On Tuesday morning, Chris Dorsey was supervising more than 50 employees and making decisions for a city of 11,000 as Red Bank city manager.
Twenty-four hours later, he filed for unemployment.
Dorsey said it was the only logical move after commissioners voted 3-2 to fire him Tuesday after six years as city manager, the last marked by lawsuits, political infighting and economic uncertainty.
His contract stipulates that, upon termination, he is entitled to half of both his $91,800 salary and his $6,600 annual car allowance. He also will receive health insurance for his family and other benefits for six months.
Commissioners have threatened since January to fire Dorsey. The vote came just one month after his contract automatically renewed for a seventh year. City Attorney Arnold Stulce declined to state the total value of Dorsey’s severance package.
Dorsey said he stayed at Red Bank City Hall until 11 p.m. Tuesday, cleaning his office and hearing “nothing personal, just business” from the three commissioners calling for his ouster — Vice Mayor Greg Jones and Commissioners Floy Pierce and John Roberts.
“I think it was political,” Dorsey said Wednesday. “It was kind of surprising that the motion was made at the very end of a meeting.”
Roberts said Wednesday he had received insufficiently detailed police department progress report from Dorsey. He made the motion to fire Dorsey, calling it a “gamble” Wednesday.
“I was rolling the dice [Tuesday] night,” he said. “It was a 50-50 shot.”
Unprompted, Roberts added, “I did not talk to anybody else before it.”
State law prohibits elected officials from privately deliberating toward a decision related to city business.
But Commissioner Ruth Jeno, who voted against firing Dorsey, said Roberts planned Tuesday night in advance and got “two votes in 30 seconds with no discussion.”
“I was professional enough to tell Chris what my problems were and we talked about them and brought them into the open,” Jeno said, adding that she might resign over the Dorsey flap.
Pierce did not return several calls seeking comment.
Though he voted against firing Dorsey, Mayor Monty Millard had more criticism than praise for Dorsey’s tenure.
“There’s mixed feelings about Chris,” Millard said, pausing. “In some areas he’s done an outstanding job. He had done a great job in managing the money in our city.”
But Millard also listed grievances, including high turnover in the police department and a failure to repair police facilities quickly.
Millard was twice arrested by the Red Bank Police Department while Dorsey was city manager, though the charges have been dropped. Millard said his personal troubles have “nothing to do with this whatsoever” and characterized Roberts’ motion as “an absolute shock.”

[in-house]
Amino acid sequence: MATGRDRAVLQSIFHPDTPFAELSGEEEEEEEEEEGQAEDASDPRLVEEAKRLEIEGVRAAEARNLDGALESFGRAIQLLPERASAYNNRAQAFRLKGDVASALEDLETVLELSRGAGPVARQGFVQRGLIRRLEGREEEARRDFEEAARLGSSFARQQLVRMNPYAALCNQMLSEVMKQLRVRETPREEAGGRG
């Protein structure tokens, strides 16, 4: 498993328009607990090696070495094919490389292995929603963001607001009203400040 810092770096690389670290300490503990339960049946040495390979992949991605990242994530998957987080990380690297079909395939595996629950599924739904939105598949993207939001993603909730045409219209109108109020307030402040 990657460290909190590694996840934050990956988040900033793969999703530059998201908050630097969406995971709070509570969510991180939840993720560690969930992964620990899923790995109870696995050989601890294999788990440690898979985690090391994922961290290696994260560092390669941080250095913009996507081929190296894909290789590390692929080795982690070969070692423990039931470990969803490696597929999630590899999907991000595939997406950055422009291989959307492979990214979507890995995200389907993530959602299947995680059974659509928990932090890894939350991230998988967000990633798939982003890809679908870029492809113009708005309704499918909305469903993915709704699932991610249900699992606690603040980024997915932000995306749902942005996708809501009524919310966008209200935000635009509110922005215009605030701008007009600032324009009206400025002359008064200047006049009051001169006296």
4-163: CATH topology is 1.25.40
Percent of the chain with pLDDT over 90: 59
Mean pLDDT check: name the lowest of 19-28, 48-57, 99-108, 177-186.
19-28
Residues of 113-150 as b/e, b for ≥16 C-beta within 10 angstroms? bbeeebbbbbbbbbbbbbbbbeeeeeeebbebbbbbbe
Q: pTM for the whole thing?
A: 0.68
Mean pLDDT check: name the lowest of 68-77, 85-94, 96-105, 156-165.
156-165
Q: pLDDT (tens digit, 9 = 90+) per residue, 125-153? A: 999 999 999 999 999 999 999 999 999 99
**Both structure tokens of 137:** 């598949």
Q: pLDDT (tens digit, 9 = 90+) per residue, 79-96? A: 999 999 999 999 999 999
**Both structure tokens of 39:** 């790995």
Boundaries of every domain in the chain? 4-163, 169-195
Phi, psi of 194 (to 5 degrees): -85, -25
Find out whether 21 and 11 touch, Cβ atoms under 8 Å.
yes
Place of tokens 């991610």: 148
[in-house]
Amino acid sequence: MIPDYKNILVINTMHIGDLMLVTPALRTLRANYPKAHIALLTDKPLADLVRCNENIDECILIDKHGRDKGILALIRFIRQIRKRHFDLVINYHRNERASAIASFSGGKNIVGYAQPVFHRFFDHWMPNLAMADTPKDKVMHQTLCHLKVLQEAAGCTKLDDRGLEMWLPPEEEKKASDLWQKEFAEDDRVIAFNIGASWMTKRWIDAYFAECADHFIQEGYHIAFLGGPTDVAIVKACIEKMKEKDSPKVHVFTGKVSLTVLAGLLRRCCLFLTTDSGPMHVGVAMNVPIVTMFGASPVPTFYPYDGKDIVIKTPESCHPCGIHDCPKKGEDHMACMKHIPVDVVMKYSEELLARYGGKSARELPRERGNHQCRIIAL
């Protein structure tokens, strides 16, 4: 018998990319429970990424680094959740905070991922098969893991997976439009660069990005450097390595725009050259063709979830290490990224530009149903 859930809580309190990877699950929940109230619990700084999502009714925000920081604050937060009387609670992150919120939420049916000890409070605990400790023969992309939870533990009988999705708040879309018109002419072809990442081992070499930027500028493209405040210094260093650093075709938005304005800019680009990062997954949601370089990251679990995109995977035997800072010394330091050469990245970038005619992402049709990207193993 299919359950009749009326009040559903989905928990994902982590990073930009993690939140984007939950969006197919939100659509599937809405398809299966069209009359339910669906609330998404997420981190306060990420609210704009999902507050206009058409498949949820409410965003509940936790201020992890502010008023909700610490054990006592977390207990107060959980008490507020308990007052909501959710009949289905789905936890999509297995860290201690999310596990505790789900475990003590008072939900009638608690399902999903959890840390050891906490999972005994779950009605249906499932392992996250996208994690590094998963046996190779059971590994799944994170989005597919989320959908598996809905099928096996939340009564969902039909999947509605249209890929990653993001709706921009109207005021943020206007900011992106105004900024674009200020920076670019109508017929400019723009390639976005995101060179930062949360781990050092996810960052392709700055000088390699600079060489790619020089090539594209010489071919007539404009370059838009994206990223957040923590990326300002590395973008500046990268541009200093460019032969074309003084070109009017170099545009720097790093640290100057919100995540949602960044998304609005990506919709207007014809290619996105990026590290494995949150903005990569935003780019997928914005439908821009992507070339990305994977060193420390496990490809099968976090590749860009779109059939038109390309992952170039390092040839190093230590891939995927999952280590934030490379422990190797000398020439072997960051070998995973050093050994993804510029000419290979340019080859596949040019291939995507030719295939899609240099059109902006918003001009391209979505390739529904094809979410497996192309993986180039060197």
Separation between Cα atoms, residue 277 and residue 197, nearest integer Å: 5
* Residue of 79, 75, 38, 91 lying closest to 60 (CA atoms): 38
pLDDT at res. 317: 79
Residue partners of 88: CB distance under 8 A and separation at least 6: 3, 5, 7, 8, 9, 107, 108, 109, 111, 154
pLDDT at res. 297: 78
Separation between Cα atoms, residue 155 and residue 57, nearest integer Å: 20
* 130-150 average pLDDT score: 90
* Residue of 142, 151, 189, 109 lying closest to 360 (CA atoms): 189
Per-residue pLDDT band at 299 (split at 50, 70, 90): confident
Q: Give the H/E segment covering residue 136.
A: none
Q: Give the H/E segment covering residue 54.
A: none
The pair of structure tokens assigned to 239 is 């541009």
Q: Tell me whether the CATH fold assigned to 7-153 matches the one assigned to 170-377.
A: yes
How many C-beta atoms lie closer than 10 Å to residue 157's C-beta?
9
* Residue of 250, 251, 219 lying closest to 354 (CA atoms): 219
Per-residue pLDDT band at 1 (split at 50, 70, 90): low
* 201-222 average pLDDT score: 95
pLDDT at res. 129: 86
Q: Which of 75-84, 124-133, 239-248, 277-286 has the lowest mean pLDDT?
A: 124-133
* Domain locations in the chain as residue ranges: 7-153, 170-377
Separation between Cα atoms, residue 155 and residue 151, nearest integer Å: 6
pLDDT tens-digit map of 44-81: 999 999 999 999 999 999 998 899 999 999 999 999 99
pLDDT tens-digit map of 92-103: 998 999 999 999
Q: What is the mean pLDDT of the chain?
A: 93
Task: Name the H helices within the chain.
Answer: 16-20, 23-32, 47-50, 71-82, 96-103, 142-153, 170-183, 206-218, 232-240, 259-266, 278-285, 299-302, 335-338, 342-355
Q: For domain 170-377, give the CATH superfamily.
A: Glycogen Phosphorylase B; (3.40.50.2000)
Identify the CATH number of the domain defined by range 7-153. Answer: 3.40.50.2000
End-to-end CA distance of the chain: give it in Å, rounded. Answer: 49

“I was ready to get home and watch baseball,” he said.
The mayor said the city would promptly start the search for a new city manager. He said he would require the next hire to live within Red Bank city limits. Dorsey lives eight miles outside the city in Hixson, something Millard said was a problem.
Dorsey came to Red Bank in 2005 after 18 years in Memphis city government. All four commissioners interviewed Wednesday praised Dorsey’s financial skills, but they criticized how he handled personnel.
In July 2010, then-police officer Bradley Hanon privately lobbied Jones and Pierce to work toward the dismissal of then-Police Chief Larry Sneed. Hanon later sued Dorsey, among others, for keeping Sneed employed so long and ignoring what Hanon perceived as problems within the police department.
Hanon later resigned after an outside investigation commissioned by Dorsey found that he and a police corporal illegally searched a home in Red Bank.
Chris Carroll covers federal politics for the Times Free Press. A Chattanooga native, he went to Red Bank High School and graduated with honors from East Tennessee State University. Chris investigated violent crime, municipal government and hospitals before taking the political beat. For tornado coverage, he and Pam Sohn won a first-place Tennessee Associated Press Managing Editors deadline reporting award. In 2010, Chris won the Golden Press Card Award of Merit and another deadline reporting ...